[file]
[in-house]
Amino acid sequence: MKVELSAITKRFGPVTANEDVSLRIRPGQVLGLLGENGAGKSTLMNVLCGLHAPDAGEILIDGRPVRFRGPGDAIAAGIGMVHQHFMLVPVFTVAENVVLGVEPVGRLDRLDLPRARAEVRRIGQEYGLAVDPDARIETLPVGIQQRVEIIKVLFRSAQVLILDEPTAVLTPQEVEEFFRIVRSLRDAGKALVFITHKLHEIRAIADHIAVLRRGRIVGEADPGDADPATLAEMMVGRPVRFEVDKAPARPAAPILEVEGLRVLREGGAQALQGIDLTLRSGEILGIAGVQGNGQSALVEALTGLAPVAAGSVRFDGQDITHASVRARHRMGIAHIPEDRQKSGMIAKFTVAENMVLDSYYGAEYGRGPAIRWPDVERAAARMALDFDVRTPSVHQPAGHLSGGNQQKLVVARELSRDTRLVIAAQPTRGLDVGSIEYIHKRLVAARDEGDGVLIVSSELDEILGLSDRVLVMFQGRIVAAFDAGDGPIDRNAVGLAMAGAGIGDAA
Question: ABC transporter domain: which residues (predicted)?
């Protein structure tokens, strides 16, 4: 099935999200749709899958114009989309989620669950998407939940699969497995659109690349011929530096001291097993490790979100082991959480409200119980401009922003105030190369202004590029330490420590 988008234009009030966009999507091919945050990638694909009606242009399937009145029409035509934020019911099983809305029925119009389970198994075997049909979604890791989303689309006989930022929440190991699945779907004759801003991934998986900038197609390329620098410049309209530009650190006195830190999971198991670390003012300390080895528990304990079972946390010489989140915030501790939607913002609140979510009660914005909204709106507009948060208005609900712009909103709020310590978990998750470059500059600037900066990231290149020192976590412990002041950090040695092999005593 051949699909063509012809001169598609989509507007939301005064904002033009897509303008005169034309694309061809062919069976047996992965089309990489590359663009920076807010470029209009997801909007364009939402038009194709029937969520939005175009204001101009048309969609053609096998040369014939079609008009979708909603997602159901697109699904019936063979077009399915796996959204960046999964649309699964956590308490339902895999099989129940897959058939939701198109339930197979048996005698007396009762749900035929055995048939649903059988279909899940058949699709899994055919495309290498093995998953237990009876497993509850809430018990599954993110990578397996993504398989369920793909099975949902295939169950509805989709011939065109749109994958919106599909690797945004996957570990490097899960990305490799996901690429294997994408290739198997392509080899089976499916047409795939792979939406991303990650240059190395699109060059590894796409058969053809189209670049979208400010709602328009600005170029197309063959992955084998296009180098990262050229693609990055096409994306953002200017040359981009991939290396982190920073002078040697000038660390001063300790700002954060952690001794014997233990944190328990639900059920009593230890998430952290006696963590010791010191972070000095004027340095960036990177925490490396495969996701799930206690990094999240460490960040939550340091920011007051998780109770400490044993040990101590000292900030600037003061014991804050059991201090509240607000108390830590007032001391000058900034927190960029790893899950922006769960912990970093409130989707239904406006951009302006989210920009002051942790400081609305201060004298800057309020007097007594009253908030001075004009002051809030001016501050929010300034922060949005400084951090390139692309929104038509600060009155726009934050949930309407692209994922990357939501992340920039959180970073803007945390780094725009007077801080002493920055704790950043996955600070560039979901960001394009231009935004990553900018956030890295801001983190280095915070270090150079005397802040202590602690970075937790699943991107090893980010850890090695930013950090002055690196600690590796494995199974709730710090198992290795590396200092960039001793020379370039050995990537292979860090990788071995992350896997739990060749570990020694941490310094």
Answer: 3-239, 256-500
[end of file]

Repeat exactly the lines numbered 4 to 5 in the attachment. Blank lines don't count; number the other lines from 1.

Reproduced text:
């Protein structure tokens, strides 16, 4: 099935999200749709899958114009989309989620669950998407939940699969497995659109690349011929530096001291097993490790979100082991959480409200119980401009922003105030190369202004590029330490420590 988008234009009030966009999507091919945050990638694909009606242009399937009145029409035509934020019911099983809305029925119009389970198994075997049909979604890791989303689309006989930022929440190991699945779907004759801003991934998986900038197609390329620098410049309209530009650190006195830190999971198991670390003012300390080895528990304990079972946390010489989140915030501790939607913002609140979510009660914005909204709106507009948060208005609900712009909103709020310590978990998750470059500059600037900066990231290149020192976590412990002041950090040695092999005593 051949699909063509012809001169598609989509507007939301005064904002033009897509303008005169034309694309061809062919069976047996992965089309990489590359663009920076807010470029209009997801909007364009939402038009194709029937969520939005175009204001101009048309969609053609096998040369014939079609008009979708909603997602159901697109699904019936063979077009399915796996959204960046999964649309699964956590308490339902895999099989129940897959058939939701198109339930197979048996005698007396009762749900035929055995048939649903059988279909899940058949699709899994055919495309290498093995998953237990009876497993509850809430018990599954993110990578397996993504398989369920793909099975949902295939169950509805989709011939065109749109994958919106599909690797945004996957570990490097899960990305490799996901690429294997994408290739198997392509080899089976499916047409795939792979939406991303990650240059190395699109060059590894796409058969053809189209670049979208400010709602328009600005170029197309063959992955084998296009180098990262050229693609990055096409994306953002200017040359981009991939290396982190920073002078040697000038660390001063300790700002954060952690001794014997233990944190328990639900059920009593230890998430952290006696963590010791010191972070000095004027340095960036990177925490490396495969996701799930206690990094999240460490960040939550340091920011007051998780109770400490044993040990101590000292900030600037003061014991804050059991201090509240607000108390830590007032001391000058900034927190960029790893899950922006769960912990970093409130989707239904406006951009302006989210920009002051942790400081609305201060004298800057309020007097007594009253908030001075004009002051809030001016501050929010300034922060949005400084951090390139692309929104038509600060009155726009934050949930309407692209994922990357939501992340920039959180970073803007945390780094725009007077801080002493920055704790950043996955600070560039979901960001394009231009935004990553900018956030890295801001983190280095915070270090150079005397802040202590602690970075937790699943991107090893980010850890090695930013950090002055690196600690590796494995199974709730710090198992290795590396200092960039001793020379370039050995990537292979860090990788071995992350896997739990060749570990020694941490310094």
Answer: 3-239, 256-500